Arts & Culture

Peabody Museum receives grant to preserve maps, plans, and drawings

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The Peabody Museum of Archaeology and Ethnology has been awarded a $150,000 grant from the U.S. Institute of Museum and Library Services (IMLS). Over the next 18 months, the museum will improve teaching and research access, preservation, and storage for its map collection of nearly 4,000 unique, hand-drawn, and annotated documents dating as early as the 1840s. The historic maps and other documents from research expeditions are associated with the museum’s collections and with Harvard’s Department of Anthropology fieldwork of the past 140 years. They include ethnographic and linguistic field maps, site plans, large-sized watercolors, and sketches of archaeological sites and artifacts from North, Central, and South America and beyond. There are also architectural drawings documenting American anthropological history as well as vital records of the Peabody Museum, the oldest museum dedicated to anthropology in the Western hemisphere.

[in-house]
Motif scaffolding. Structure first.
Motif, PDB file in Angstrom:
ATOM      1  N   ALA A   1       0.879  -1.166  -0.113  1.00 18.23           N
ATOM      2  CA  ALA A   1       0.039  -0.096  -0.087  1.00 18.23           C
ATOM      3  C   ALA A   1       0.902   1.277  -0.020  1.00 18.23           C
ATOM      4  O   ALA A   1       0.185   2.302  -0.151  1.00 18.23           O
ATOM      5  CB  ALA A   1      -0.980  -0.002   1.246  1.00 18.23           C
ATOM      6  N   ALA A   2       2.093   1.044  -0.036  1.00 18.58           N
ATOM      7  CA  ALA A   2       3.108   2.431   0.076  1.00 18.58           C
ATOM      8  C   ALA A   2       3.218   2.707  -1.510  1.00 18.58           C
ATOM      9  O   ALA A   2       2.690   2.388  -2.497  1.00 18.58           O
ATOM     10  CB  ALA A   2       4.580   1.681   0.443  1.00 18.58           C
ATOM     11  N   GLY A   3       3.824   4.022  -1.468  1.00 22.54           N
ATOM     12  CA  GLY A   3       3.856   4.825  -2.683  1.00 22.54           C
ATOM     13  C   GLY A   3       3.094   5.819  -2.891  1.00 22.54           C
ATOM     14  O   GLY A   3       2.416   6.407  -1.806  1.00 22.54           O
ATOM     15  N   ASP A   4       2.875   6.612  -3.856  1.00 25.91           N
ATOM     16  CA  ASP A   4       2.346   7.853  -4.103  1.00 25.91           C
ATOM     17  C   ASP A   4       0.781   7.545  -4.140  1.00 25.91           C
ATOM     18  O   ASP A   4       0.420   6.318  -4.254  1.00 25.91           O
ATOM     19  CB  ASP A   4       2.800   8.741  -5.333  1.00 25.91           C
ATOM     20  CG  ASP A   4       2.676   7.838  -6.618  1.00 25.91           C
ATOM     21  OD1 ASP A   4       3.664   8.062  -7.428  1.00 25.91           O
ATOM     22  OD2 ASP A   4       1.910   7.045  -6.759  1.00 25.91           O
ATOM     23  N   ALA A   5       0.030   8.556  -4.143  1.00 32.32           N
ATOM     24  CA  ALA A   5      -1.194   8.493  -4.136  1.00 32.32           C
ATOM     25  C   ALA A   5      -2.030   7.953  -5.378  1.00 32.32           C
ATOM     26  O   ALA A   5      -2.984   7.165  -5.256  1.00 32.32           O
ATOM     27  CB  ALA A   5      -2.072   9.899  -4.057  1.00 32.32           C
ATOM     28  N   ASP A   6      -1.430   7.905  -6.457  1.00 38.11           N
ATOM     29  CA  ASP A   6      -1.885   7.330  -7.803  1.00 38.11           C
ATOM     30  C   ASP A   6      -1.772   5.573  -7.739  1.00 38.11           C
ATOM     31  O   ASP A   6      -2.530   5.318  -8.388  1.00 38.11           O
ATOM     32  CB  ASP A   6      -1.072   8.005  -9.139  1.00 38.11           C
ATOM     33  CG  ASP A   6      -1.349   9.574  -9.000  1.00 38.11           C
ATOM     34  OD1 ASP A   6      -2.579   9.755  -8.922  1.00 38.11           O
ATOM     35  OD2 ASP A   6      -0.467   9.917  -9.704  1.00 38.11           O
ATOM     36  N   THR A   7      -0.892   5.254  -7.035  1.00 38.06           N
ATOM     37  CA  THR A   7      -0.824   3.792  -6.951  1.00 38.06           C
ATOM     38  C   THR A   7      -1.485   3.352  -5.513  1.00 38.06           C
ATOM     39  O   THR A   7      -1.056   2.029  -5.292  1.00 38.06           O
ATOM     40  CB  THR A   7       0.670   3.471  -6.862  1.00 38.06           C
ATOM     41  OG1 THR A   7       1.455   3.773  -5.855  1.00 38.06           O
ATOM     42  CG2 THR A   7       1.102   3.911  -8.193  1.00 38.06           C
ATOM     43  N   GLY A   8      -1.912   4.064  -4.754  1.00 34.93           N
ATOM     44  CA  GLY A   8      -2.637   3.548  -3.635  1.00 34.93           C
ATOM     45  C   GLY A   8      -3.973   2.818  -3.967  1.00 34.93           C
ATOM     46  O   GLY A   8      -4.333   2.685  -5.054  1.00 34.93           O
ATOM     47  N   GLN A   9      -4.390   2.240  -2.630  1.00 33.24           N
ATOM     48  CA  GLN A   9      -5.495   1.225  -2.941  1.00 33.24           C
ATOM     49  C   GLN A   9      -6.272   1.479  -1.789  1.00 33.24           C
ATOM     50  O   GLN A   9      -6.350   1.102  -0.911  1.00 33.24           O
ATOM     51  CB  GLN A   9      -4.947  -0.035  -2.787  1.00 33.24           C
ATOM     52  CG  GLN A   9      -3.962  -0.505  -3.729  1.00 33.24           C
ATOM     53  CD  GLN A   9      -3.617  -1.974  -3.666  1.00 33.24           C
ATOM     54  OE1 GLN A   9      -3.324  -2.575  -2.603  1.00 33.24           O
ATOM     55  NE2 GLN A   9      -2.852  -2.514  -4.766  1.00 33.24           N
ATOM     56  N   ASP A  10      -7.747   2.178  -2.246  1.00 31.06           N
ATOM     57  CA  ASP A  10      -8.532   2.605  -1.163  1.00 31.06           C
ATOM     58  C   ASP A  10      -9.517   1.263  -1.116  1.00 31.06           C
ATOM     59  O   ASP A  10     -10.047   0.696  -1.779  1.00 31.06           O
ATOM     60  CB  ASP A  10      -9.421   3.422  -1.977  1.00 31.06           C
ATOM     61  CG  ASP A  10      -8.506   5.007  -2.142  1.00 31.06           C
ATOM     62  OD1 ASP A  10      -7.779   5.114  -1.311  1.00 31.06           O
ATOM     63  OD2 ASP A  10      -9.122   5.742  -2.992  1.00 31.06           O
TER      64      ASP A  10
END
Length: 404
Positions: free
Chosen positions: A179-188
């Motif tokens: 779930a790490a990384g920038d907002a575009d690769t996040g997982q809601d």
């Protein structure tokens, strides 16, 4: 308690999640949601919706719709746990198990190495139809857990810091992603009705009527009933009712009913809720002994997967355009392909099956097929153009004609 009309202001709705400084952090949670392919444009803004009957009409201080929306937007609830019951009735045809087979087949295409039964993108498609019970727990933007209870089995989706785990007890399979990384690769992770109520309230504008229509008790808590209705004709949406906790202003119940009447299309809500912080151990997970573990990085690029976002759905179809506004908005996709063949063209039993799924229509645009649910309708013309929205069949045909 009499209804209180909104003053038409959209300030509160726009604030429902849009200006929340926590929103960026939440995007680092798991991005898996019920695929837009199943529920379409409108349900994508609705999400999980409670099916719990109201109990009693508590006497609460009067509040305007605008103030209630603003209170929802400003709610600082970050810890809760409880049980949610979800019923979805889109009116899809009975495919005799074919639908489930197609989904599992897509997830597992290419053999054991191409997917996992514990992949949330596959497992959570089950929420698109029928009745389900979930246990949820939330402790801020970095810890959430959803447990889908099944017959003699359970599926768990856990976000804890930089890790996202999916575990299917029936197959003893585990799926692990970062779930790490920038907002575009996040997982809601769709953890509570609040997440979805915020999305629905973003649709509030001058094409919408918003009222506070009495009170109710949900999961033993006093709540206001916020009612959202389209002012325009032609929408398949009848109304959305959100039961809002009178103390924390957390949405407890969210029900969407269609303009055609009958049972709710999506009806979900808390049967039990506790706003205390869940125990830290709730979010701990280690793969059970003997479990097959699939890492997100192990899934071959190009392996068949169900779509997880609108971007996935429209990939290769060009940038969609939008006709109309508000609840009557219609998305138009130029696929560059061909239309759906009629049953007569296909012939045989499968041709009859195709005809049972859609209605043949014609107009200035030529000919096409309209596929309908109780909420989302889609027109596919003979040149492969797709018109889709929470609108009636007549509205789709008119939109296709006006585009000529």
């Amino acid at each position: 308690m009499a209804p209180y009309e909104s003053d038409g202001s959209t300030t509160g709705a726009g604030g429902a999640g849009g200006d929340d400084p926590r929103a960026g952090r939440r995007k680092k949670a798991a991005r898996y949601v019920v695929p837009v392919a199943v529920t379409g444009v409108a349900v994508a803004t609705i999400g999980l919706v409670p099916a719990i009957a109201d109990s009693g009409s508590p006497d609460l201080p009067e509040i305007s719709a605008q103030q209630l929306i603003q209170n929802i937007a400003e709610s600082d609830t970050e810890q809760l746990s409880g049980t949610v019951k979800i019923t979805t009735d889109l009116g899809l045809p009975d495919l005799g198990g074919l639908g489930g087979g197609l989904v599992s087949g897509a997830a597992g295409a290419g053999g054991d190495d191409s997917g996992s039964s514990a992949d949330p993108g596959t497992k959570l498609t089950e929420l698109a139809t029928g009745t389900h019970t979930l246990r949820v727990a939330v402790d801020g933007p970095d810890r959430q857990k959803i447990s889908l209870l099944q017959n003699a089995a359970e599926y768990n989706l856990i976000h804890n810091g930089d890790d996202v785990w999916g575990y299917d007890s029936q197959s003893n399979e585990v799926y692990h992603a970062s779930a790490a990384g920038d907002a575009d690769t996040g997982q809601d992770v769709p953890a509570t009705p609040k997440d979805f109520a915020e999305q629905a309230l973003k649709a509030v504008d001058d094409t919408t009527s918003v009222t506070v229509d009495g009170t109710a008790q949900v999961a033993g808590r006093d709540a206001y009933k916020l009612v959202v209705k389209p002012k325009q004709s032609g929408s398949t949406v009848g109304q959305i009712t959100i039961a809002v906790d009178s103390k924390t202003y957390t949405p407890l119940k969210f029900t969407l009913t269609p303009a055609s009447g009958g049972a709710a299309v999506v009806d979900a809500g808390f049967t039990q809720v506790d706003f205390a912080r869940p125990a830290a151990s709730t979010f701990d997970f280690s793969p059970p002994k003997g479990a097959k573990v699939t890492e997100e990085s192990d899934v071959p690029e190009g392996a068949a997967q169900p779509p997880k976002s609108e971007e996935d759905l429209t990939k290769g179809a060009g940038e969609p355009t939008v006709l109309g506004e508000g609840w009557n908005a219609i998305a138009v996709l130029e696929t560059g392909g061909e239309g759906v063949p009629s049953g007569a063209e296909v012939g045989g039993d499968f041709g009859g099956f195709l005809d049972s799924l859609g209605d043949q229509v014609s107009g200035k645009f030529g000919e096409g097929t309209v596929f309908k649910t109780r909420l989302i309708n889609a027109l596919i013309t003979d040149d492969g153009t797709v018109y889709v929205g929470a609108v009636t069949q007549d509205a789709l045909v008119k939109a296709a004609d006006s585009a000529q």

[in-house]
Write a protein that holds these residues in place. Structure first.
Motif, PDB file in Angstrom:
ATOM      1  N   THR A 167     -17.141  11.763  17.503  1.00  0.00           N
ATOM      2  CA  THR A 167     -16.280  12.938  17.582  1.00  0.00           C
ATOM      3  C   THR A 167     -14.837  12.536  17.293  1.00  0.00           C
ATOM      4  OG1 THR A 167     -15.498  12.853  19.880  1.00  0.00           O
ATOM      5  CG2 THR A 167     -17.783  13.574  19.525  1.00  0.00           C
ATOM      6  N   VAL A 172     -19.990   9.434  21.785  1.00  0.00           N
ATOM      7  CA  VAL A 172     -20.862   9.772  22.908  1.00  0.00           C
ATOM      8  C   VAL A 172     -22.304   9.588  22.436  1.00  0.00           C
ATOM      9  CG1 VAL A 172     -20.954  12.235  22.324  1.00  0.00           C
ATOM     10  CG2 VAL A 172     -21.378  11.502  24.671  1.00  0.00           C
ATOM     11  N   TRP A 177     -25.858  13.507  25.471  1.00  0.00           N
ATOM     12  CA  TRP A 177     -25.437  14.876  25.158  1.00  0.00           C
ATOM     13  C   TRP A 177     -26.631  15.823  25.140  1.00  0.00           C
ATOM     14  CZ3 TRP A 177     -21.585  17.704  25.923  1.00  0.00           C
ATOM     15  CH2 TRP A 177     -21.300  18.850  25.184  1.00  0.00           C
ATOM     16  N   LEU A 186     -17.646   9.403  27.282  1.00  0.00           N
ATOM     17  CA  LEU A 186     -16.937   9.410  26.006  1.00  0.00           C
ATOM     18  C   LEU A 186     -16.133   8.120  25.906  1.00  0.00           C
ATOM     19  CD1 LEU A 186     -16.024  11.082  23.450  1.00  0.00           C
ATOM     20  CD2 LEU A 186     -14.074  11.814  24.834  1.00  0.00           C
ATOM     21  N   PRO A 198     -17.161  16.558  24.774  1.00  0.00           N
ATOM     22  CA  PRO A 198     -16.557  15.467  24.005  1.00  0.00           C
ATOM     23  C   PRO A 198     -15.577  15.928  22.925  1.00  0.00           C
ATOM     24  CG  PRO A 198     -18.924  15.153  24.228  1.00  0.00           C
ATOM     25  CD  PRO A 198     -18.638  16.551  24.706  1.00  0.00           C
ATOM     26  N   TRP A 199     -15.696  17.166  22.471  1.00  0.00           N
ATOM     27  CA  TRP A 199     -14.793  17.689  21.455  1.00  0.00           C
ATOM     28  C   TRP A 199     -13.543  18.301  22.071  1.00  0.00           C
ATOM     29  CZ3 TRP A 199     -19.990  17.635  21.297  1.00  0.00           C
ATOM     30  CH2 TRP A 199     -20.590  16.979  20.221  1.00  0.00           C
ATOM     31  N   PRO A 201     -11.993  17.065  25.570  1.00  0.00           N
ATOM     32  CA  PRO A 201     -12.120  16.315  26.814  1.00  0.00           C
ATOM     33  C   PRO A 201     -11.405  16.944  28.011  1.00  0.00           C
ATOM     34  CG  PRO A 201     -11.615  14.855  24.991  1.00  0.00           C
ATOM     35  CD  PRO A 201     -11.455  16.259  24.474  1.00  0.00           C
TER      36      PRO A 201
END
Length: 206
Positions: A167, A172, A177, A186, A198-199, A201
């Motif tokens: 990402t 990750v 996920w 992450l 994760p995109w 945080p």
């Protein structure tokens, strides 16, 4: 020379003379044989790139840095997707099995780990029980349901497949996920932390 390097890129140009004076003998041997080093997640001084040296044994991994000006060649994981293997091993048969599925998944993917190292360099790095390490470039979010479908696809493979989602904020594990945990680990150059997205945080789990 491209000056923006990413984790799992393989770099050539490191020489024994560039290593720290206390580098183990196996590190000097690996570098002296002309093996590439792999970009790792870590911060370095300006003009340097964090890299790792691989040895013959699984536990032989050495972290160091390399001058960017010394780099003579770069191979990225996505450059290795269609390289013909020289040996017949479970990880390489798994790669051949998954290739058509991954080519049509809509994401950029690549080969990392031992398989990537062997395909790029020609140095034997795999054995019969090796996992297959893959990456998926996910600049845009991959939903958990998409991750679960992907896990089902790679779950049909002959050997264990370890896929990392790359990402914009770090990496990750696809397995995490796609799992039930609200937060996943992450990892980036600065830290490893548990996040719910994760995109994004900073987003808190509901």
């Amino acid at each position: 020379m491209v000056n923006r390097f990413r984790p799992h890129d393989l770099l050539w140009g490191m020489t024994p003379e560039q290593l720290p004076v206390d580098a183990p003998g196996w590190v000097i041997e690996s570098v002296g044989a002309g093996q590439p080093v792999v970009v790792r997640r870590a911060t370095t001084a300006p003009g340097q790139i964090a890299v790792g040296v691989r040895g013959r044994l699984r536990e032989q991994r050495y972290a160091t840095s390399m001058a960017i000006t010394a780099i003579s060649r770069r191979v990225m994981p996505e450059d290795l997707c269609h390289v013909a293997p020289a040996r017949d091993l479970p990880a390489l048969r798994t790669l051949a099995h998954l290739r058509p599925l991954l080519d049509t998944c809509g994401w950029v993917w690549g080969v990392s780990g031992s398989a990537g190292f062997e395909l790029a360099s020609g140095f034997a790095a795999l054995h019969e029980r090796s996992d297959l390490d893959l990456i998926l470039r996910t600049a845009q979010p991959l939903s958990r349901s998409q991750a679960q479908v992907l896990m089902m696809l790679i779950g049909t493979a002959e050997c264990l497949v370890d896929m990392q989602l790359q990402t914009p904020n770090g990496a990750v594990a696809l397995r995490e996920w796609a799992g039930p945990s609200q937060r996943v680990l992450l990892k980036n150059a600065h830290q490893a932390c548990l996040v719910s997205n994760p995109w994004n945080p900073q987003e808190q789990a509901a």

Jeffrey Quilter, deputy director for curatorial affairs and curator of Intermediate Area collections, offers an example of one the collection’s important highlights: “Alfred V. Kidder’s work at Pucara, Peru, was pathbreaking. As in so many cases of Peabody Museum research, the investigations there were in the vanguard of research for its day, and the materials remain highly important today. The Pucara work has been underpublished, and access to these materials is vital for ongoing scholarship.”